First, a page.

London’s river boat services are growing their business, as commuters take to the water in place of crowded trains and buses.
The service is expected to carry 4.2 million journeying passengers this year, up from 3.3 million in 2015. And Transport for London has set itself a target of 12 million passengers by 2020.
Steps have been taken to integrate the riverboat service into London’s Oyster card public transport payment system, encouraging uptake. And a further 11 piers are being planned, while existing landing points are being upgraded.
Though the riverboat service is more expensive than comparable London Underground fares, and journey times can be longer, the service is sold as a less stressful experience for commuters. And by adding piers close to new riverside apartment developments, commuters can find the river bus more convenient than a walk to the nearest station or bus stop.
Further piers are coming shortly at Battersea, Canary Wharf East and Providence Wharf on the Isle of Dogs. On the south bank, Enderby Wharf is likely to have a pier by 2018. Also in planning is a drop-off to serve Ballymore’s Royal Wharf project, taking shape in the Royal Docks.
Further ahead, TfL is considering adding piers close to the Savoy hotel along the Embankment, as well as at Wapping, Rotherhithe, Greenwich, Beckton and to serve the Barking Riverside development.
“At Barking around 15,000 homes are being developed so it has got the potential to become a very significant hub for river transport, and provide phenomenal access to Canary Wharf,” said Sean Collins, chief executive of leading river bus operator MBNA Thames Clippers, speaking to London’s Standard newspaper. Collins currently operates 15 boats, but plans to add two more in the next couple of years, as services expand further.
TfL has recently modernised the Westminster and Bankside piers, to enable more commuter service boats to stop frequently at both locations. Westminster has been lengthened by 32 metres, with the result that the Thames Clippers will now call there 66 times daily on weekdays.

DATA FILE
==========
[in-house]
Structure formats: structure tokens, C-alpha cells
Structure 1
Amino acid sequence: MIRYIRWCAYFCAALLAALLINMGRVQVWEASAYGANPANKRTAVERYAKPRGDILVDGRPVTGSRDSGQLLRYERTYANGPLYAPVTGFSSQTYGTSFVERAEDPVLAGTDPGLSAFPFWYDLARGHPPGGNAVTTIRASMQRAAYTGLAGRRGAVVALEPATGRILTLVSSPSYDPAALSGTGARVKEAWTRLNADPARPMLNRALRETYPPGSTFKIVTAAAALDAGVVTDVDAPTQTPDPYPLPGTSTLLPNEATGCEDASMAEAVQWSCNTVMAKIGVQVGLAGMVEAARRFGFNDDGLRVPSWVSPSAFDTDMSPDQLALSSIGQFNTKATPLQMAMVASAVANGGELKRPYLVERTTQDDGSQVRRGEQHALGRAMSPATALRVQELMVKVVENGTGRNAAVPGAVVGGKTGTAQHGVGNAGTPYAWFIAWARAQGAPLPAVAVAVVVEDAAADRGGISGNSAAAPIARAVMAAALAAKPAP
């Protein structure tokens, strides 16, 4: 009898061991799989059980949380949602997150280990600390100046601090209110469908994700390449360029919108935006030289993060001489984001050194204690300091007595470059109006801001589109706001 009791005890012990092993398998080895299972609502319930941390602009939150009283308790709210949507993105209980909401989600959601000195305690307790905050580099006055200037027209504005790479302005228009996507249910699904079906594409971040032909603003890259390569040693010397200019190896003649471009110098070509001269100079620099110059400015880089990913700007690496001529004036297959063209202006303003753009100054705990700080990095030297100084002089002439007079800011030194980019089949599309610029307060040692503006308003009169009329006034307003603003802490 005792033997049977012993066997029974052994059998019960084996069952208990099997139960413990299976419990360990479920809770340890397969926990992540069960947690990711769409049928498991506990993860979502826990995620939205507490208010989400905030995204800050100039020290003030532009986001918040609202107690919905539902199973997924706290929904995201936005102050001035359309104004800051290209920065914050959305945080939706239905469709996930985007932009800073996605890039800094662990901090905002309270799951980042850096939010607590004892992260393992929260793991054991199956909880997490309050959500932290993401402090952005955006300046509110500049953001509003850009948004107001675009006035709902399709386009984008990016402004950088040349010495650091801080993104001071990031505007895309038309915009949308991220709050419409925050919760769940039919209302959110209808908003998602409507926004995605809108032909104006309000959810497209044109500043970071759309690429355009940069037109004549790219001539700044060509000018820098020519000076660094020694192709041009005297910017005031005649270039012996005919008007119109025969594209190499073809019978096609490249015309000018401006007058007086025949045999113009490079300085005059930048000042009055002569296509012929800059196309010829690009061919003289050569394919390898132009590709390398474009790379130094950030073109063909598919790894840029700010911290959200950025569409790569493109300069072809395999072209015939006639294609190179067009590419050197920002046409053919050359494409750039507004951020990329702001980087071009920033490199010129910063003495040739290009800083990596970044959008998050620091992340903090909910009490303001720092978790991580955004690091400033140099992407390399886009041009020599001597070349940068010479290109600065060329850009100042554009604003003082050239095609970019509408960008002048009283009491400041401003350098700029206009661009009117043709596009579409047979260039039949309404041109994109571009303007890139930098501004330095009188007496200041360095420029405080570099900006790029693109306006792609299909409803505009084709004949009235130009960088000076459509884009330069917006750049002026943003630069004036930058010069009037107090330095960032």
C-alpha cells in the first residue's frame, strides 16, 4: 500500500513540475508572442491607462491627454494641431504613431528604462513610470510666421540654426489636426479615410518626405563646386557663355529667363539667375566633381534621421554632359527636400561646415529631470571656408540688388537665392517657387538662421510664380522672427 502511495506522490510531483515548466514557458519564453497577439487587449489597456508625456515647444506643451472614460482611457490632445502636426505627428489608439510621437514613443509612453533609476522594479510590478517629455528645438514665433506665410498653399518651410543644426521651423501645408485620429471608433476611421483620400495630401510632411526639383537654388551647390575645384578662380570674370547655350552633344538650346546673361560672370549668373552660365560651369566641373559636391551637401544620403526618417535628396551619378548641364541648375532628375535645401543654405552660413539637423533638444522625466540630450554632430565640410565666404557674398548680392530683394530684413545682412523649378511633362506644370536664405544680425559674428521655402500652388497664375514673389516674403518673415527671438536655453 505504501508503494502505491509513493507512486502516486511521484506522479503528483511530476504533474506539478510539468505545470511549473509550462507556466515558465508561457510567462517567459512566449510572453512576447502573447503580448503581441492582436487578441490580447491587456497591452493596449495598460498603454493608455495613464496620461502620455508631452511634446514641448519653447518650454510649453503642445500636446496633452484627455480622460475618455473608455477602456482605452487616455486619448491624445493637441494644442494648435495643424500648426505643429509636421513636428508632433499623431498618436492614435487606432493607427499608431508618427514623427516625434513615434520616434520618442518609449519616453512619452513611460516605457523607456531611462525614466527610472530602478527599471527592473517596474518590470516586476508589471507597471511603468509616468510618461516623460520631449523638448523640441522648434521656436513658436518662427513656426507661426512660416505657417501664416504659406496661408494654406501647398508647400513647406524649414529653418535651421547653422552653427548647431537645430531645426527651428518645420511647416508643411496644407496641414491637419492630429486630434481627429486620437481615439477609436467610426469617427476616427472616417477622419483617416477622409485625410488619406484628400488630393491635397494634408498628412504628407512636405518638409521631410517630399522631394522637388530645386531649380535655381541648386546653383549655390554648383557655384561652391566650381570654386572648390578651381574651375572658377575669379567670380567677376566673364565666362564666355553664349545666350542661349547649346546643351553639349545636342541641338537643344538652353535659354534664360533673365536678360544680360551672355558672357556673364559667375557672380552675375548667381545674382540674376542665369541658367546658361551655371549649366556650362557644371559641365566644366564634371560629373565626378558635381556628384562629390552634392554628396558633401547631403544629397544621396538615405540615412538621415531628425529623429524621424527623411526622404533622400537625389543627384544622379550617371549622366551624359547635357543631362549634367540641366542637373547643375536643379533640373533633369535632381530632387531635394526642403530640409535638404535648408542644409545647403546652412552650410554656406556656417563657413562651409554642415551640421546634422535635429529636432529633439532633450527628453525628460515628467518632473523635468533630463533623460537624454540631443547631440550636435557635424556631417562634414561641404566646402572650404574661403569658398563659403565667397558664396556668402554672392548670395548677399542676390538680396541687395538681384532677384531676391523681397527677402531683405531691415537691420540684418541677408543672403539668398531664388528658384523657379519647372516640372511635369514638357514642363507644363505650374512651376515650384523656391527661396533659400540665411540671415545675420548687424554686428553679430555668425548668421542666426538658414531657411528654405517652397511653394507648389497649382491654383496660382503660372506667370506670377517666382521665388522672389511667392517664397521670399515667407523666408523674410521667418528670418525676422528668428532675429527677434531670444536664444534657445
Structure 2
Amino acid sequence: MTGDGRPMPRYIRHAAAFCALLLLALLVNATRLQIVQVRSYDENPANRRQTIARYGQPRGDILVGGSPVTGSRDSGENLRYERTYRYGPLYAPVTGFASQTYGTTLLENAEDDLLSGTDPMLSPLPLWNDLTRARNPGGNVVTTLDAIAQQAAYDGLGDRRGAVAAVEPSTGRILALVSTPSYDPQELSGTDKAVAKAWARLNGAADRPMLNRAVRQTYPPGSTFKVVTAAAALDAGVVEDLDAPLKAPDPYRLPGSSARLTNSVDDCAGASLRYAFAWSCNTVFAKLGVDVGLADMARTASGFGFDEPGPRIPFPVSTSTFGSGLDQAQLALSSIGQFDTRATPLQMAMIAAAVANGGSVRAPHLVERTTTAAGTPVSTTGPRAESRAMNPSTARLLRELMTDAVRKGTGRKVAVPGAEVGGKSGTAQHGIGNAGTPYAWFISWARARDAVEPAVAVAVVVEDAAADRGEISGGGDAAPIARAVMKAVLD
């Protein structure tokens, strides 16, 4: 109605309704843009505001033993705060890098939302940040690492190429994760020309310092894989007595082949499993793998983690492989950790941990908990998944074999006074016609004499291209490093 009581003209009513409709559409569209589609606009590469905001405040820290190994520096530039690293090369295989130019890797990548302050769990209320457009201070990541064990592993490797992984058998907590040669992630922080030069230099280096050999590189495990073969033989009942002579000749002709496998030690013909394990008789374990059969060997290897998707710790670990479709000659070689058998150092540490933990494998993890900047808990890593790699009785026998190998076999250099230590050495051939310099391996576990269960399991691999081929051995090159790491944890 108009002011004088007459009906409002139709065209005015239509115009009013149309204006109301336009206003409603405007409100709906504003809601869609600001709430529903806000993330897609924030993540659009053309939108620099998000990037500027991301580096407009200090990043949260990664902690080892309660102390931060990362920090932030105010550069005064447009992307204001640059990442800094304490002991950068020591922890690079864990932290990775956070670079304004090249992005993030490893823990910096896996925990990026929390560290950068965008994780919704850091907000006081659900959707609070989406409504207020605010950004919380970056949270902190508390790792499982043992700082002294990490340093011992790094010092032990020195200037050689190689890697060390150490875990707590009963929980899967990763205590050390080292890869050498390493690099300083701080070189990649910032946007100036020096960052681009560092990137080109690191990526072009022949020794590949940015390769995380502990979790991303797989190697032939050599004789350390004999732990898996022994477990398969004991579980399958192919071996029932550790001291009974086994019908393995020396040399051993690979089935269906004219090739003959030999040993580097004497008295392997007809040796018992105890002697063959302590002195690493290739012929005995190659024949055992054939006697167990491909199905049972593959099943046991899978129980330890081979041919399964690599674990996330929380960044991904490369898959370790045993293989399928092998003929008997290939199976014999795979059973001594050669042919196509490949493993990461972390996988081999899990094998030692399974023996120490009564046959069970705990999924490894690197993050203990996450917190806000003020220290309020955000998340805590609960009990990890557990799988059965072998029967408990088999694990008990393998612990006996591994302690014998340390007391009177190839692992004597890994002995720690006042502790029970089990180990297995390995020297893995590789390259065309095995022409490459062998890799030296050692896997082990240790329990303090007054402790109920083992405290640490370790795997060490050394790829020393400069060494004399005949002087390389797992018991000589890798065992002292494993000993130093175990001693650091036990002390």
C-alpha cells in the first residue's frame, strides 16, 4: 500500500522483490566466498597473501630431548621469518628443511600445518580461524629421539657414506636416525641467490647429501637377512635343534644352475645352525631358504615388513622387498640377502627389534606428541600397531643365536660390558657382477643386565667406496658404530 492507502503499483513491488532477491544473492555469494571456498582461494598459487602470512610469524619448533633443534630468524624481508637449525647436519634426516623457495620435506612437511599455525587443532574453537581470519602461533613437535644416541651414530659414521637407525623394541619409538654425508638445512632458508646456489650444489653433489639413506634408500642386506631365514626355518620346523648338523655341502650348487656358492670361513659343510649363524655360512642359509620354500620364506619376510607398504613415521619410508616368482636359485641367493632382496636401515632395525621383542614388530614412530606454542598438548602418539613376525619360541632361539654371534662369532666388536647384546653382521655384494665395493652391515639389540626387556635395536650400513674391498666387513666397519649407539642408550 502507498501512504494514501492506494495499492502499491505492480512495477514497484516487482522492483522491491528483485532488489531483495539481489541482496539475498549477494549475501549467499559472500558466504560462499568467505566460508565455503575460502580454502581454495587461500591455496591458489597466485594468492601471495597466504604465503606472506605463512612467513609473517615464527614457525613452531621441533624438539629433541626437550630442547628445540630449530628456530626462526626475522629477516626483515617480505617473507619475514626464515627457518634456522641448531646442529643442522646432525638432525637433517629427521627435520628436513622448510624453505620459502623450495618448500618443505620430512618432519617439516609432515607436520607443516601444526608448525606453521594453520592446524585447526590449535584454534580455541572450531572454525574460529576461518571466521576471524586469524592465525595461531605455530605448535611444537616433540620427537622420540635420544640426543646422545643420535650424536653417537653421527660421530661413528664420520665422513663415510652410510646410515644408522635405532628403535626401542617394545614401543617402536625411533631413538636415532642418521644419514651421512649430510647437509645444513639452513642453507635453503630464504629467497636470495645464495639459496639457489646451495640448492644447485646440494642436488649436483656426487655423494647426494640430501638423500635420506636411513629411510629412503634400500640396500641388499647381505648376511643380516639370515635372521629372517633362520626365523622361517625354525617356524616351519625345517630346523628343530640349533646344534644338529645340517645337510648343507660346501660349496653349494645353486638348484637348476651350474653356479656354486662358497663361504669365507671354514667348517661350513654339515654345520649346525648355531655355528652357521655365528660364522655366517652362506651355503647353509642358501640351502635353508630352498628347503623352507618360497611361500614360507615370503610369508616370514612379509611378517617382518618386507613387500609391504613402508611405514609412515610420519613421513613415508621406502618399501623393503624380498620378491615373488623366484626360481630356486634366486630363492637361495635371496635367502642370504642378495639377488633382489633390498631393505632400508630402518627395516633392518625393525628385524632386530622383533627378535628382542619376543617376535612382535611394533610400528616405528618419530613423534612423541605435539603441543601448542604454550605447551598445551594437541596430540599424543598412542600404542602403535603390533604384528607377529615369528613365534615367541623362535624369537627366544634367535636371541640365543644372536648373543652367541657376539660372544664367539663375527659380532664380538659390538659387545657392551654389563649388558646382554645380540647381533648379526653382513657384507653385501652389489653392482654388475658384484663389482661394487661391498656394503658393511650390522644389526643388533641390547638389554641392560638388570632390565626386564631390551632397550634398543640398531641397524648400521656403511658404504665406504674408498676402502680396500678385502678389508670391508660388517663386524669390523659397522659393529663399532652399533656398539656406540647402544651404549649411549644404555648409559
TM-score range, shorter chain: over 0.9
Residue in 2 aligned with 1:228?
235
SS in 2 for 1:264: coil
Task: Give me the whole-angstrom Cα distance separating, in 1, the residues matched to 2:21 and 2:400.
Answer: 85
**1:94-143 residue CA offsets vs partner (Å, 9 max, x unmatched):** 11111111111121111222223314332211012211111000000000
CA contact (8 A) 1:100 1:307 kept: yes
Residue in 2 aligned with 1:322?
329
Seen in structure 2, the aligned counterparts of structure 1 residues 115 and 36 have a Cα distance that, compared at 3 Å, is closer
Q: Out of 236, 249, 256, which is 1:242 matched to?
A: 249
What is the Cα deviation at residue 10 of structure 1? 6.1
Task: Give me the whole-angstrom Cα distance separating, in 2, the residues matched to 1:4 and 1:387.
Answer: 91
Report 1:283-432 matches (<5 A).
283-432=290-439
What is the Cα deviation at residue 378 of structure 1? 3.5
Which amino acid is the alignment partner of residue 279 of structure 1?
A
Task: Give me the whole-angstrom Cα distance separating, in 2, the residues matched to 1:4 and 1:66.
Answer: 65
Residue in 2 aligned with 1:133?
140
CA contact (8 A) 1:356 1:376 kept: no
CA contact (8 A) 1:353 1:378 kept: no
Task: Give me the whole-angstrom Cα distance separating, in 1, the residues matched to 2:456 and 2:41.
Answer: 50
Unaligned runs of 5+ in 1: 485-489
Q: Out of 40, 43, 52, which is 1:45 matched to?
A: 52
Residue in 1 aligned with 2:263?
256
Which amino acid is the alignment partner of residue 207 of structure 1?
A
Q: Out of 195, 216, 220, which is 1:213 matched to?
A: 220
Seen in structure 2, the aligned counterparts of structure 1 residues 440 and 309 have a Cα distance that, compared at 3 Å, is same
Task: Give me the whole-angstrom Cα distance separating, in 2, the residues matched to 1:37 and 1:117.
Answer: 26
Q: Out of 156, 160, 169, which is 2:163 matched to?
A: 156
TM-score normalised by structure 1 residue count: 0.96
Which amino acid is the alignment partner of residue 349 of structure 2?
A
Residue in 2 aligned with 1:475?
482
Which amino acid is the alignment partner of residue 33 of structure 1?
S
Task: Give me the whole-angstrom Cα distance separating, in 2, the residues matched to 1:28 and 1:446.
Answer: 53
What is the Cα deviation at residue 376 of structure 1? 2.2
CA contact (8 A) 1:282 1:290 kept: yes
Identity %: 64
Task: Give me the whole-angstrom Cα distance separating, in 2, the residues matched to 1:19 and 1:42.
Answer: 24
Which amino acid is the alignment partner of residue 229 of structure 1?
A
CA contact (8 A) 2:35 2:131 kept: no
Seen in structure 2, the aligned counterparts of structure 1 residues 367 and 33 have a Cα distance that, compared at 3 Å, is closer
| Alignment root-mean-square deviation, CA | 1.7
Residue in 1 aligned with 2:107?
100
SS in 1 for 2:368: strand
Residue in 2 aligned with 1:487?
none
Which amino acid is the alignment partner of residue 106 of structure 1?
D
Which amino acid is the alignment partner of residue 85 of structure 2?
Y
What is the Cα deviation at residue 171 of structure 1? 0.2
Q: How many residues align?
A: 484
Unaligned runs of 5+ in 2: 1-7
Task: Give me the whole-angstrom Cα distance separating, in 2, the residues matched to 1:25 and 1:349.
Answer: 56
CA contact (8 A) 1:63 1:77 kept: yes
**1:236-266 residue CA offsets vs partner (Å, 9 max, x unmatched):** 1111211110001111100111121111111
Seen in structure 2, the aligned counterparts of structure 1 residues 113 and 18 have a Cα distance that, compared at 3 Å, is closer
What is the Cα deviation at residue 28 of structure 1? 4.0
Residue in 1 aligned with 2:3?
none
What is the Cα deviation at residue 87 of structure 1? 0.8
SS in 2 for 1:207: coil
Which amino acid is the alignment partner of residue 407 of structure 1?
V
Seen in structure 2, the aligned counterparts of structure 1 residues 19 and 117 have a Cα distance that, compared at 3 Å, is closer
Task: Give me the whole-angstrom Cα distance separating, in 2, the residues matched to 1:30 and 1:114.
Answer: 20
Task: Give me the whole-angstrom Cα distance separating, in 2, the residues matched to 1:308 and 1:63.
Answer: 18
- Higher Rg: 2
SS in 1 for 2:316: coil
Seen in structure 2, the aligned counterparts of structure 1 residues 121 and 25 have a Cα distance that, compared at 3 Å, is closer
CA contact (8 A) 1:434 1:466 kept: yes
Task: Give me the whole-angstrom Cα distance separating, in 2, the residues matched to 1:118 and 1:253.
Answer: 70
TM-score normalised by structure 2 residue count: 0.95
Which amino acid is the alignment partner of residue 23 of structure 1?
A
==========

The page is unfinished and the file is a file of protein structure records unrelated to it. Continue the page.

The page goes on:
“These pier extensions are part of our commitment to making traveling by river easier for Londoners and visitors alike,” said deputy mayor for transport Val Shawcross. “By allowing an increased frequency of services they will make a real impact in encouraging greater use of the Thames – helping cut congestion across London’s transport network, and making these wonderful parts of London even better. There has been a significant increase in river passengers and we will be continuing to look at what else can be done to increase those numbers further.”
“The River Thames is fast realising its potential to be one of the most reliable and efficient thoroughfares in London and MBNA Thames Clippers is investing heavily to make river travel in the capital even better in terms of speed, comfort and frequency,” added Collins. “Yet another key area of central London now has even greater transport links.”
Currently, MBNA Thames Clippers operates limited upstream commuter services from Putney via Plantation Wharf, promoting Plantation Wharf to Blackfriars in 31 minutes. The potential to head further upstream is limited by low cruising speeds, and a shallow draught in the river at low tide.
Downstream, there is talk of potentially running services from Ebbsfleet and Swanscombe. While there are also speed limits on the lower reaches of the river, the Thames Clippers service improves journey times by using limited stop services for commuters.
LPA Perspective: It appears the new wave of riverside apartment developments are helping to promote river bus commuting. That, and continued pressure on London Underground, plus worsening congestion on the roads.
But travel on the river remains at a premium price, and for that reason it is unlikely to have mass appeal. And, with TfL under constant budgetary pressure, there is little likelihood of further subsidy to reduce fares.
The other big issue holding back river commuting, is speed. Vessels remain restricted, in order to reduce their wash and for safety reasons, and ultimately this compromises the ability of boats to carry commuters swiftly – unless a new technology can be proven to work.
Inevitably, as the river gets used more, so the focus on safety will be reinforced. It is approaching 30 years since the Marchioness disaster, when 51 people died after a boat collision when a barge hit a party boat. While many steps have been taken in order to prevent a recurrence, a busier river has the potential to make for a more dangerous river.